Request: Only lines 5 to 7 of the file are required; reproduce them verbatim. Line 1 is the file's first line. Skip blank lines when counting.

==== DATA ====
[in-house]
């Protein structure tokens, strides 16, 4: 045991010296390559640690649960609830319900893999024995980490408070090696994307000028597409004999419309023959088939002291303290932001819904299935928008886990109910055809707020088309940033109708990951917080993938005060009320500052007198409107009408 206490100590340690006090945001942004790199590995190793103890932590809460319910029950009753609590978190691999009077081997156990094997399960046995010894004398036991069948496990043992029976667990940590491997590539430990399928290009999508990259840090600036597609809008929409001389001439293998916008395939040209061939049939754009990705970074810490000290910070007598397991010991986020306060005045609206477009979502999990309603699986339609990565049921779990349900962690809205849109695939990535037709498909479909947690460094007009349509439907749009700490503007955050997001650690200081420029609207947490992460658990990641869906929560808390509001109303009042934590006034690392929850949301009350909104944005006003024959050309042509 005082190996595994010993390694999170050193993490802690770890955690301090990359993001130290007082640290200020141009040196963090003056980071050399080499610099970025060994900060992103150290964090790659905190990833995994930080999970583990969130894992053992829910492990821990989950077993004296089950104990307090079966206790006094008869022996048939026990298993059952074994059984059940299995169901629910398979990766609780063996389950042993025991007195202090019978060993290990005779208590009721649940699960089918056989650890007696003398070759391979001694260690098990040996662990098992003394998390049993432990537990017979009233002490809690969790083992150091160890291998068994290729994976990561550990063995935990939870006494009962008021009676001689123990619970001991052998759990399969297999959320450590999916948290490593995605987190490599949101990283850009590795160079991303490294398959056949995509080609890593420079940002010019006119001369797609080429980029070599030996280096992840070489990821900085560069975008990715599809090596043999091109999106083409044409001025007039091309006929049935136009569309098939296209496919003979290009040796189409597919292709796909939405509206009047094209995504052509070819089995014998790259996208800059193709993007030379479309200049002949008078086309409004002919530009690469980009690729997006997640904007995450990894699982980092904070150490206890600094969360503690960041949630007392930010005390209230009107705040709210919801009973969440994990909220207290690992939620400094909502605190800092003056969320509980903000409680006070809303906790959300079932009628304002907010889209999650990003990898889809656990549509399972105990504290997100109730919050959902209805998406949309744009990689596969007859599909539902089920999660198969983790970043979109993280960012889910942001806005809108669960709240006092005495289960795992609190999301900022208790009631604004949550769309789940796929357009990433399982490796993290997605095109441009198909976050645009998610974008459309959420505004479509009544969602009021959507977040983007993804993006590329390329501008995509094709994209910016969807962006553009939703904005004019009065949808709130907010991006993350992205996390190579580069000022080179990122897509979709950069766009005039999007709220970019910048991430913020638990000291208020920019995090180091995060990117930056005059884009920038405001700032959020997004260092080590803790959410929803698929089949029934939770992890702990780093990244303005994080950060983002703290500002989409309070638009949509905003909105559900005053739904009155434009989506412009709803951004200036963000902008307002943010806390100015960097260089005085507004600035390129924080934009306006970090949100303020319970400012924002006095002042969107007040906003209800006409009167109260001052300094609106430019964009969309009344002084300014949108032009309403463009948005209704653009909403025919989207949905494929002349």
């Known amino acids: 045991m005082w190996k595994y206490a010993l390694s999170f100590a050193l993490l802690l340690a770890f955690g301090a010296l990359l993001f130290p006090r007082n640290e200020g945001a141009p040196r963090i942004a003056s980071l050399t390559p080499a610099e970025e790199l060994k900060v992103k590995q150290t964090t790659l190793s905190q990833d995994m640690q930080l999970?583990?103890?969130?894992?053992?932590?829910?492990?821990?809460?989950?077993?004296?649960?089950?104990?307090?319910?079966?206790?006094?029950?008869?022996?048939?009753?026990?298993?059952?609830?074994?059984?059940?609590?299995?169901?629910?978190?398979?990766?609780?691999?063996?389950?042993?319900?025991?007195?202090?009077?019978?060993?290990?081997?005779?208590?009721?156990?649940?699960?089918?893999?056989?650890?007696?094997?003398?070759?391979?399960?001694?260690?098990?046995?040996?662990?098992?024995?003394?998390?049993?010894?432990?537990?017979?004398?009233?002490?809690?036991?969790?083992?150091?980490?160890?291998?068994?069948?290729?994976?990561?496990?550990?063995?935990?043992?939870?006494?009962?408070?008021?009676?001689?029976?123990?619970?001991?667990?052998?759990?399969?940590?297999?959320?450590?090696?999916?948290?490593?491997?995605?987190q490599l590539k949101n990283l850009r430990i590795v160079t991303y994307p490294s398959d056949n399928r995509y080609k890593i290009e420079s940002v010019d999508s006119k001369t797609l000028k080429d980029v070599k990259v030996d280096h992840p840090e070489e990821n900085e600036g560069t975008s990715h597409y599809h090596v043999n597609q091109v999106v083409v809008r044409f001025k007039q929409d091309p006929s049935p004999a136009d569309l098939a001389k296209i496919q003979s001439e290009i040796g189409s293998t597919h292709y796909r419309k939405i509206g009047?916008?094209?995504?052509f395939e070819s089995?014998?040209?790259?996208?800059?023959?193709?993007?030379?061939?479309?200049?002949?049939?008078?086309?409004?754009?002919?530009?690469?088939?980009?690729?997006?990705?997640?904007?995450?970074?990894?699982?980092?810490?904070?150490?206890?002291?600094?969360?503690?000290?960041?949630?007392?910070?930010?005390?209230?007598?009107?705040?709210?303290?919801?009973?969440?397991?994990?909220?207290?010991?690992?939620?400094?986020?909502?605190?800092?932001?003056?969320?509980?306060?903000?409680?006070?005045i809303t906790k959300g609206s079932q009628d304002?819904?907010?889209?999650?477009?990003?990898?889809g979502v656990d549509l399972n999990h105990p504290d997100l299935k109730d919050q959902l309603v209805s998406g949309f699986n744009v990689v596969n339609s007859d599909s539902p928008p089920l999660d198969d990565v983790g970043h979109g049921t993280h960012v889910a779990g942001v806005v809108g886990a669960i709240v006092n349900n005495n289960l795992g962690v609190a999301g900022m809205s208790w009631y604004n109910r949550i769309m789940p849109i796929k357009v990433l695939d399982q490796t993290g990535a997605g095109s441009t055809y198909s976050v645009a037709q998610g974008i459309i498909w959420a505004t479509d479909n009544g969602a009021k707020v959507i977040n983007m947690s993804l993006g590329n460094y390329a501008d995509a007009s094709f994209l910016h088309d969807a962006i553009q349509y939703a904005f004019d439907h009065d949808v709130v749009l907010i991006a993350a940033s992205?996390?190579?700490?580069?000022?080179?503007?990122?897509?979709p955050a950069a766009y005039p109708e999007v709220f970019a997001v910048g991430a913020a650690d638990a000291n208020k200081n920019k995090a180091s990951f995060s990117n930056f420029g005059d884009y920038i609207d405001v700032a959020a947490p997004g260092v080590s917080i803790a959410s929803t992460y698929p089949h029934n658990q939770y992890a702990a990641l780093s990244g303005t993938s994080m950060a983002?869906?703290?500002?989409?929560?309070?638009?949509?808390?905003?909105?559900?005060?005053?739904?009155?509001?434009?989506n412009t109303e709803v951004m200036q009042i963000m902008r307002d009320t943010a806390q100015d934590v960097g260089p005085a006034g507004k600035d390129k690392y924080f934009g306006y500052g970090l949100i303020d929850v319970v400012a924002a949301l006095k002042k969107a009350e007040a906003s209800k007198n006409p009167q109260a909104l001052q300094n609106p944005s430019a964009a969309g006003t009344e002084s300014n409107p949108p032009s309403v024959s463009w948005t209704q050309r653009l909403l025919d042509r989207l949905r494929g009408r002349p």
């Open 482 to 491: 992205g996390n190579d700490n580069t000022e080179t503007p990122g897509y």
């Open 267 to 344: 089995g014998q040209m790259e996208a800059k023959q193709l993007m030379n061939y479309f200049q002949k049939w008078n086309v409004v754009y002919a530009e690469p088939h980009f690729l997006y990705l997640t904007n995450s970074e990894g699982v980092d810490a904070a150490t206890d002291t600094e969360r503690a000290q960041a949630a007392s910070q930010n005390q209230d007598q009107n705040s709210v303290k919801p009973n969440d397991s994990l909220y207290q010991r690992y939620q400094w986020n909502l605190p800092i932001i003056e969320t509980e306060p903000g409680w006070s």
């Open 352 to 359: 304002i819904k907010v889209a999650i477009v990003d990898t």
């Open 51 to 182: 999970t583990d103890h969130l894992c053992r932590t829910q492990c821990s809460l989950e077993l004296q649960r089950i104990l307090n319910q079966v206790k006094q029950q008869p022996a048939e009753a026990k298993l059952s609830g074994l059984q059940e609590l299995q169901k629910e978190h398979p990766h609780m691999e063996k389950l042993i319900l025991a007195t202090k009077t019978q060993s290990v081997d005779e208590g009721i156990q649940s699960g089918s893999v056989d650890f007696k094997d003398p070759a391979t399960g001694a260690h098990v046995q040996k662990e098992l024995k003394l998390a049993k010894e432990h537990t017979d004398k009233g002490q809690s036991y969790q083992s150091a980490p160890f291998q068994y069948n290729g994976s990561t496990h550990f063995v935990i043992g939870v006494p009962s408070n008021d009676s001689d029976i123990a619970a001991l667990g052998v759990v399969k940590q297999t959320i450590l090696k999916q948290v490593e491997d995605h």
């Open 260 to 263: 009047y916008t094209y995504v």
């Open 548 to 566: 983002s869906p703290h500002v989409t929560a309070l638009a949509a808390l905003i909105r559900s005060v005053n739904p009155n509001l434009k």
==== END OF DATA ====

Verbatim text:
């Open 267 to 344: 089995g014998q040209m790259e996208a800059k023959q193709l993007m030379n061939y479309f200049q002949k049939w008078n086309v409004v754009y002919a530009e690469p088939h980009f690729l997006y990705l997640t904007n995450s970074e990894g699982v980092d810490a904070a150490t206890d002291t600094e969360r503690a000290q960041a949630a007392s910070q930010n005390q209230d007598q009107n705040s709210v303290k919801p009973n969440d397991s994990l909220y207290q010991r690992y939620q400094w986020n909502l605190p800092i932001i003056e969320t509980e306060p903000g409680w006070s």
């Open 352 to 359: 304002i819904k907010v889209a999650i477009v990003d990898t």
């Open 51 to 182: 999970t583990d103890h969130l894992c053992r932590t829910q492990c821990s809460l989950e077993l004296q649960r089950i104990l307090n319910q079966v206790k006094q029950q008869p022996a048939e009753a026990k298993l059952s609830g074994l059984q059940e609590l299995q169901k629910e978190h398979p990766h609780m691999e063996k389950l042993i319900l025991a007195t202090k009077t019978q060993s290990v081997d005779e208590g009721i156990q649940s699960g089918s893999v056989d650890f007696k094997d003398p070759a391979t399960g001694a260690h098990v046995q040996k662990e098992l024995k003394l998390a049993k010894e432990h537990t017979d004398k009233g002490q809690s036991y969790q083992s150091a980490p160890f291998q068994y069948n290729g994976s990561t496990h550990f063995v935990i043992g939870v006494p009962s408070n008021d009676s001689d029976i123990a619970a001991l667990g052998v759990v399969k940590q297999t959320i450590l090696k999916q948290v490593e491997d995605h």